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Finding Purpose Along The Detroit River

Summer service learning in Michigan puts refuge on the map

By Tina Shaw

Knowing where you are can help you get to where you want to go, and both are elements of finding your voice. We at the U.S. Fish and Wildlife Service see national wildlife refuges as the perfect place to find yourself and your voice. Refuges are welcoming places for everyone to make connections, and so many of them are close to home for you to safely explore. Take a moment to learn about a special partnership that empowered a group of young people to develop their love for Detroit River International Wildlife Refuge, find their voice and share with everyone why they are passionate about the nature that’s in their own backyard.

What do you get when you alloy three mission-focused organizations with the energy and drive of 20 young people? You get a spark, and some might say, a little bit of magic. That’s what happened on the shores of the Detroit River this summer. Meet Lisa Bryant, the community engagement coordinator for Detroit River International Wildlife Refuge. Being the first in this role, Lisa’s path was her own to map, and she saw a unique opportunity for alchemy. She melded the leaders of Life on Purpose Detroit, LLC – a Detroit-based organization that coaches youth, adults and job seekers more broadly – with Grow Detroit’s Young Talent, a citywide summer jobs program that trains and employs young adults between the ages of 14 and 24 together to give the refuge a digital makeover.

High school students devoted 120 hours of their summer to learn all about North America’s only international wildlife refuge and one of the crown jewels of the Urban Wildlife Conservation Program. The refuge is located along the lower Detroit River and western shoreline of Lake Erie – just 20 miles south of Detroit, Michigan and 50 miles north of Toledo, Ohio. In 2001, the refuge was established by Congress as a result of efforts by U.S. and Canadian politicians, conservation leaders and local communities to build a sustainable future for the Detroit River and western Lake Erie ecosystems.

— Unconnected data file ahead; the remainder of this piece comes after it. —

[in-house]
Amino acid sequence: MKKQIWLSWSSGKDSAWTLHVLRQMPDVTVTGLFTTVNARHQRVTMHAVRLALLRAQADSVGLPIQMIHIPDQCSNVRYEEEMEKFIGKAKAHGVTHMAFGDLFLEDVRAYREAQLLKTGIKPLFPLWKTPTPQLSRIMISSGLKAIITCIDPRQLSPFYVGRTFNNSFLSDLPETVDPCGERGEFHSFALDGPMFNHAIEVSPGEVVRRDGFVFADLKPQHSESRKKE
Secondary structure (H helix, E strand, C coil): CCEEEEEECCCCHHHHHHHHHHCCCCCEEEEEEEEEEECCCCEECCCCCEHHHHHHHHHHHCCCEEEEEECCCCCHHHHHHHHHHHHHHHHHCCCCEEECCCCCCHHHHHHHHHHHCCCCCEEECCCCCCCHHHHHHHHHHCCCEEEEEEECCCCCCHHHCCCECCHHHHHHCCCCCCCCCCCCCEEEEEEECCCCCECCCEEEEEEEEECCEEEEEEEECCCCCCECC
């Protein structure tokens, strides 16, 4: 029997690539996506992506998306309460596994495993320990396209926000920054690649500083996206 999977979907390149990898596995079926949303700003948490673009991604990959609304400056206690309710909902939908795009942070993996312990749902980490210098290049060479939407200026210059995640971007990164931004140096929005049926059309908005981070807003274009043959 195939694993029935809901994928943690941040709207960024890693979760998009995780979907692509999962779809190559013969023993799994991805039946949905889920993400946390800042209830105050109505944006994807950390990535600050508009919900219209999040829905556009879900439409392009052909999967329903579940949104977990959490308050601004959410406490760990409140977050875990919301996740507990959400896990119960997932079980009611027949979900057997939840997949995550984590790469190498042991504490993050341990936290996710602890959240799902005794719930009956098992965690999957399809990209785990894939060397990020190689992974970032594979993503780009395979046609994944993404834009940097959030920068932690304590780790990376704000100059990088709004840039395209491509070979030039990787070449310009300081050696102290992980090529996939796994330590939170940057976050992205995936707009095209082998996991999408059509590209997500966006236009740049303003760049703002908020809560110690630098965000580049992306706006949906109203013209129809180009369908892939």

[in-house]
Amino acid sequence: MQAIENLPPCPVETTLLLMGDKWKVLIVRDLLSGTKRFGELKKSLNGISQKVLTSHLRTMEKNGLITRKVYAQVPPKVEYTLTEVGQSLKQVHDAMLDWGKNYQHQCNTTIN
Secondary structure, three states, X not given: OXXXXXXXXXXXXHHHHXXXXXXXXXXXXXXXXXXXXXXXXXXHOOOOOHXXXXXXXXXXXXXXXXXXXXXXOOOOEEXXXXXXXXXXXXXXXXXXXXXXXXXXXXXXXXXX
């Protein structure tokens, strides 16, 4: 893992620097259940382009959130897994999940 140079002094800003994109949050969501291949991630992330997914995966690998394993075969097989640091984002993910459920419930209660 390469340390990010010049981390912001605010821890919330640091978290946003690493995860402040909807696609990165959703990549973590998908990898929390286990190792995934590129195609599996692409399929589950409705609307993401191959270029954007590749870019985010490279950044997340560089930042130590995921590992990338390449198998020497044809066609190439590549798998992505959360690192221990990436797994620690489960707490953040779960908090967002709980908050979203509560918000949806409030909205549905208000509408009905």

“Our students had the privilege of working closely with the refuge’s rangers, soaking up invaluable knowledge in a short span of time. Their dedication was awe-inspiring, attending class every single day for six weeks, brimming with enthusiasm for the opportunity to collaborate with the wildlife refuge,” said creator and founder of Life on Purpose Doris Hage.

After an intensive deep dive into what makes this refuge so special – from the native plants and animals that define it to the long-running cultural history that overlays it – the students were immersed in lessons about digital marketing and entrepreneurship. Then came the fun part, a friendly competition as two marketing teams who were tasked with developing a mock marketing plan for the refuge went head-to-head. The dexterity with which the participants learned about social media, the importance and dangers of artificial intelligence and how to tie those aspects into promoting the refuge impressed everyone.

When thinking back on the experience, Lisa says that she was surprised with how the students took on the project with such ease, noting that, “None of the participants had any previous experience with marketing, let alone even knew the refuge existed. This program totally changed their perspective of their abilities and what life after high school can really be.”

Doris remarked that the experiential learning was, “Nothing short of life-changing, not only for our youth but for the communities they return to. Their extraordinary efforts garnered recognition from Grow Detroit’s Young Talent and the City of Detroit, which featured them as a standout program of the summer. Our heartfelt gratitude goes out to Lisa and the newfound family at the refuge.”

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